Australian doctors today announced a futuristic new medicine program for kids with cancer that aims to boost survival rates to 100 per cent.
CHILDREN with the worst types of cancer will have their tumours copied into Avatar-like clones so their doctors can work out which treatments are most effective for their individual illness.
The Australian-first program will replace a trial and error approach, which can cause unnecessary suffering and side-effects from treatments that don’t work.
The extraordinary plan – aimed at pushing young cancer patients’ survival rates up to 100 per cent – was announced today at Sydney Children’s Hospital in Randwick.
“This is a very exciting initiative that will revolutionize the way in which treatment decisions about childhood cancer will be made,” said Professor Michelle Haber, executive director of the Children’s Cancer Institute, which is working in partnership with the hospital.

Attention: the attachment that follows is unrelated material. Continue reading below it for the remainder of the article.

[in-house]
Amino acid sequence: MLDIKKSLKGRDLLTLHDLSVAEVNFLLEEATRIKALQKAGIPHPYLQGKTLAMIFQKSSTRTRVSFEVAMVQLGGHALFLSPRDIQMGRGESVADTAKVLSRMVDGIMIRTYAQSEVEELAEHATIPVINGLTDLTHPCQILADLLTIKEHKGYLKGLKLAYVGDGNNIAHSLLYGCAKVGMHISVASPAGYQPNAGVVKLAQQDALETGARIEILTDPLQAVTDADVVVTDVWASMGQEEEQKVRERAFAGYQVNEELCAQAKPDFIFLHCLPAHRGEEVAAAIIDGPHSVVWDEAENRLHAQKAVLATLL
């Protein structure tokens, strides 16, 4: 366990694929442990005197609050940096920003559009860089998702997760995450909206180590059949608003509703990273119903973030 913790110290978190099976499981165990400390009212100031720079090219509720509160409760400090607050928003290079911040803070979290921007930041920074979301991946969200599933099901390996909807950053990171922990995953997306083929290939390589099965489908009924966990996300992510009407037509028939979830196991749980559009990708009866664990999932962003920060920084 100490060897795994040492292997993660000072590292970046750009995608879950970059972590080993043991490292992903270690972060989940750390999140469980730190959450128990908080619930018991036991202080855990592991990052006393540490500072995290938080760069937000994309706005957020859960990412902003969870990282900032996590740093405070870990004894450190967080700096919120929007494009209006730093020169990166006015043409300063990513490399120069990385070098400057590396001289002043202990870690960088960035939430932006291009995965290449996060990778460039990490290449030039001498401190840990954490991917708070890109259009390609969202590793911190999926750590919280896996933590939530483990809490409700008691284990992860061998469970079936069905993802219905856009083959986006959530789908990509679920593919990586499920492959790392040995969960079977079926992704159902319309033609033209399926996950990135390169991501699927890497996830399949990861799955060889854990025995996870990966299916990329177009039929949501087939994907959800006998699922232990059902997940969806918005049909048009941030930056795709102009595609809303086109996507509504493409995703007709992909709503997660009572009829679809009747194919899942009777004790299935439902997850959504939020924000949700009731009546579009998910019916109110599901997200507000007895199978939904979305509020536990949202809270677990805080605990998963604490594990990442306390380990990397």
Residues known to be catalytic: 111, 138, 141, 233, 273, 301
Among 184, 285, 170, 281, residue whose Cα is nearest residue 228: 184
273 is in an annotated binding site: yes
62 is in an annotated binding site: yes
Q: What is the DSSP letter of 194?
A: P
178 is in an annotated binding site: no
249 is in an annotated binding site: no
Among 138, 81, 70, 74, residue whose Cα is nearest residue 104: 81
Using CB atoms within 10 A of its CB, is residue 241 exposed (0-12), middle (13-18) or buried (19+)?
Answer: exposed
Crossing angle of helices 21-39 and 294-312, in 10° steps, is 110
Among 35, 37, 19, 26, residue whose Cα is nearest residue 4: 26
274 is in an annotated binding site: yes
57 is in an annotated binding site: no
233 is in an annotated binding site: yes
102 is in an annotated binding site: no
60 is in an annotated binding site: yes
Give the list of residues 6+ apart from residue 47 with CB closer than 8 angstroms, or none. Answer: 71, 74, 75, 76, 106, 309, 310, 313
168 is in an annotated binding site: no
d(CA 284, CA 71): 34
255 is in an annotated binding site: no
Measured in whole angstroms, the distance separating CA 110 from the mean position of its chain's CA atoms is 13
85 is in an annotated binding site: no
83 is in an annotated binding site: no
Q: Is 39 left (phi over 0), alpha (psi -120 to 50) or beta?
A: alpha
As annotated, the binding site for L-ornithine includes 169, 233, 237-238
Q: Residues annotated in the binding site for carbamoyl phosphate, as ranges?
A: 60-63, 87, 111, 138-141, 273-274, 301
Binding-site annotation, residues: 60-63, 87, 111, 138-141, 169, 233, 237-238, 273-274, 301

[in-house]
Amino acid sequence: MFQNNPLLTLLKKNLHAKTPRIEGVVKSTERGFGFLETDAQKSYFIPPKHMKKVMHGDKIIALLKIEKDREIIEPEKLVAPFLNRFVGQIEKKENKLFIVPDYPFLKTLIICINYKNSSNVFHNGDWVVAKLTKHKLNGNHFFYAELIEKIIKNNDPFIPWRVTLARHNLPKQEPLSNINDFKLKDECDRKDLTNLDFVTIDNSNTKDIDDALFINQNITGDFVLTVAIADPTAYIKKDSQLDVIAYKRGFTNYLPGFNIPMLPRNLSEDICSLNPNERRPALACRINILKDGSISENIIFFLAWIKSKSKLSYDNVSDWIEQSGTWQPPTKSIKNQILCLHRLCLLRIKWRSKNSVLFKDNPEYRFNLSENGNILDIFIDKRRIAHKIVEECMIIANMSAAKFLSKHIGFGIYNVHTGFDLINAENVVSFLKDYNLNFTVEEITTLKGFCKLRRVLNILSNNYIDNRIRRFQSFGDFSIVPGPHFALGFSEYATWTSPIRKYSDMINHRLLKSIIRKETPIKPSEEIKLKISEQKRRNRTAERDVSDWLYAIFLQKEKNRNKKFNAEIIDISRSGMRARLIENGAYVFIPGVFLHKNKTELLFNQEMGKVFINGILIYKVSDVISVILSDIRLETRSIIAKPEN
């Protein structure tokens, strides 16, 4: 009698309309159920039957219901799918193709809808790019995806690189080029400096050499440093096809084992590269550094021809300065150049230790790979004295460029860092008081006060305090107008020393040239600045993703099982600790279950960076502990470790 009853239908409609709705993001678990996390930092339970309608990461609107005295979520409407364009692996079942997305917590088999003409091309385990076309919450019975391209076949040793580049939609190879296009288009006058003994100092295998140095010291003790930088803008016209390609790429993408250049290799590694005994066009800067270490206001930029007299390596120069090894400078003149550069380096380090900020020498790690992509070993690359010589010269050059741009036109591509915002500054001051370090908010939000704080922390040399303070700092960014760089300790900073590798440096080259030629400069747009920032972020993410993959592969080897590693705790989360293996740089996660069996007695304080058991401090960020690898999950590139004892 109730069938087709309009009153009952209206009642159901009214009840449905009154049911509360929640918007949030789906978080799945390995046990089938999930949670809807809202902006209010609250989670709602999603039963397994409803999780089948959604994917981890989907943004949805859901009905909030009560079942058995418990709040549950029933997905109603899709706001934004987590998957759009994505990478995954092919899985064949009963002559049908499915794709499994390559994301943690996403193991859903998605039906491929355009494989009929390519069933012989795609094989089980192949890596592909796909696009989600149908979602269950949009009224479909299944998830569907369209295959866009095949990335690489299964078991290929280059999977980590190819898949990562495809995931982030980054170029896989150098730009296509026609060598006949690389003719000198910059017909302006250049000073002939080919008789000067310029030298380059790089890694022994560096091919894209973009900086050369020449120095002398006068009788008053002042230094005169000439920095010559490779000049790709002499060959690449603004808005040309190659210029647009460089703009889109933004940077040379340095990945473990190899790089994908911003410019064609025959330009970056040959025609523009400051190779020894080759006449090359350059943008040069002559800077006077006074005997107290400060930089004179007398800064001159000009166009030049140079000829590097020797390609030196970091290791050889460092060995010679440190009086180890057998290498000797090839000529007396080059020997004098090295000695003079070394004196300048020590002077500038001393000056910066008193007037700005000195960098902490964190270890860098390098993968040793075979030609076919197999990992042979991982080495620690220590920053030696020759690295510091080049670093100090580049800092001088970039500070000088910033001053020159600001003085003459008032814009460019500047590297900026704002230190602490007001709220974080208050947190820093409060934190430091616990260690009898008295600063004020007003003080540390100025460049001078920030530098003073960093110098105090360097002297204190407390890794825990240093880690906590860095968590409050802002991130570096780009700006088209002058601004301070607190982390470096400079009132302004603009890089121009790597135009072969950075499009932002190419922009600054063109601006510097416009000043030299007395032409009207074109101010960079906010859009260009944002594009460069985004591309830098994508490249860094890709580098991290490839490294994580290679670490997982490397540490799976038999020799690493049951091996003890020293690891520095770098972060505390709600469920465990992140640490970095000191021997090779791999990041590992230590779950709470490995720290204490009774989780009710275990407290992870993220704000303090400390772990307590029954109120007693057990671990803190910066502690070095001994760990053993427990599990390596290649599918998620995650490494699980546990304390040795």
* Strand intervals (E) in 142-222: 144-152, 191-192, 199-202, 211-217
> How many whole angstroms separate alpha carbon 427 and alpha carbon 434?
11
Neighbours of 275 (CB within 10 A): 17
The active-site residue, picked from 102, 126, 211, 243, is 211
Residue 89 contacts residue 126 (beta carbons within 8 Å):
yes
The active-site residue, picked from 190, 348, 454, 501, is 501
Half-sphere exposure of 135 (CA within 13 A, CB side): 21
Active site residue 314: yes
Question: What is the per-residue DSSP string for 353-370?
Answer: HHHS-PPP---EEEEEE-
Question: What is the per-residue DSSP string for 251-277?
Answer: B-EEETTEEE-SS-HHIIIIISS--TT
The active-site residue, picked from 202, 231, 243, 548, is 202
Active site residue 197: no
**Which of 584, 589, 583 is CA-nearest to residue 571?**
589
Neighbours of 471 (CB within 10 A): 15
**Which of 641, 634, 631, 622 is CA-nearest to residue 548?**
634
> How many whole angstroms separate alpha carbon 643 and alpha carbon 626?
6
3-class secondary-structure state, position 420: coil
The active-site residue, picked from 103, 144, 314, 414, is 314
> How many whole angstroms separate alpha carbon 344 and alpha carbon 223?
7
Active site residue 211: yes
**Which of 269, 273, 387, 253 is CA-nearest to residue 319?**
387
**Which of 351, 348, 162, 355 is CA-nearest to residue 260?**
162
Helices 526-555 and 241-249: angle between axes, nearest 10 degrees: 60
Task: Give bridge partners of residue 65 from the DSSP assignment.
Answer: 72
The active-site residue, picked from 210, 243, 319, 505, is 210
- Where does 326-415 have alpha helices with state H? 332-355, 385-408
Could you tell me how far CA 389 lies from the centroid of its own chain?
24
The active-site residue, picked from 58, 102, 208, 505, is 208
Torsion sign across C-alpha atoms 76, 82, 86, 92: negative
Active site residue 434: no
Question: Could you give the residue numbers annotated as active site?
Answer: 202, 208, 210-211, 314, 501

“The challenge in curing every child is that each child’s cancer is unique, which means they respond differently to anti-cancer treatment.”
The Zero Childhood Cancer Program involves doctors taking a sample of a child’s tumour cells and growing them into a biological model. Then hundreds of potential drugs and combinations of drugs can rapidly be tested on the model to find out which is going to work on that individual cancer.
This is exciting because each child’s cancer is different at a molecular level so the right treatment can be different even for two kids with the same type of cancer.
The program offers hope to the 150 kids a year diagnosed with types of cancer that have a survival rate of less than 30 per cent. They include the most aggressive forms of brain tumours, sarcomas, infant leukaemia and neuroblastomas.
A pilot study will start with high-risk NSW patients next year, followed by a planned national clinical trial in 2017. When fully rolled out, it will be offered to kids throughout Australia who are at highest risk of relapse or treatment failure.
The Children’s Cancer Institute and Sydney Children’s Hospital are recognised as world leaders in treating kids’ cancer and work with major research centres in the US and Europe.